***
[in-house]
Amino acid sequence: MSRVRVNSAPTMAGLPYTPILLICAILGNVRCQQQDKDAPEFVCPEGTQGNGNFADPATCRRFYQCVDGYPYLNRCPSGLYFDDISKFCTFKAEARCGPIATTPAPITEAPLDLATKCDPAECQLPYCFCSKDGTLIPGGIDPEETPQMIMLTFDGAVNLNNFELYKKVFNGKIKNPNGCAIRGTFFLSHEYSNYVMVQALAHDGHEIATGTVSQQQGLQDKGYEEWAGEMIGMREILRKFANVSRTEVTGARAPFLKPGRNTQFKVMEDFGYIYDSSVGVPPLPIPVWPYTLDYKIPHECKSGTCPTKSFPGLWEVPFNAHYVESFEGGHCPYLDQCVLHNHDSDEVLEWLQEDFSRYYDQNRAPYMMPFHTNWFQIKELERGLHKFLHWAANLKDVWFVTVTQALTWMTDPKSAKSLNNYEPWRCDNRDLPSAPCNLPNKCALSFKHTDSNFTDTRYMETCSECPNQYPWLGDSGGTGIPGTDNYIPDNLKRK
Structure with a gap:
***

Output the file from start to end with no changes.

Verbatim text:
[in-house]
Amino acid sequence: MSRVRVNSAPTMAGLPYTPILLICAILGNVRCQQQDKDAPEFVCPEGTQGNGNFADPATCRRFYQCVDGYPYLNRCPSGLYFDDISKFCTFKAEARCGPIATTPAPITEAPLDLATKCDPAECQLPYCFCSKDGTLIPGGIDPEETPQMIMLTFDGAVNLNNFELYKKVFNGKIKNPNGCAIRGTFFLSHEYSNYVMVQALAHDGHEIATGTVSQQQGLQDKGYEEWAGEMIGMREILRKFANVSRTEVTGARAPFLKPGRNTQFKVMEDFGYIYDSSVGVPPLPIPVWPYTLDYKIPHECKSGTCPTKSFPGLWEVPFNAHYVESFEGGHCPYLDQCVLHNHDSDEVLEWLQEDFSRYYDQNRAPYMMPFHTNWFQIKELERGLHKFLHWAANLKDVWFVTVTQALTWMTDPKSAKSLNNYEPWRCDNRDLPSAPCNLPNKCALSFKHTDSNFTDTRYMETCSECPNQYPWLGDSGGTGIPGTDNYIPDNLKRK
Structure with a gap: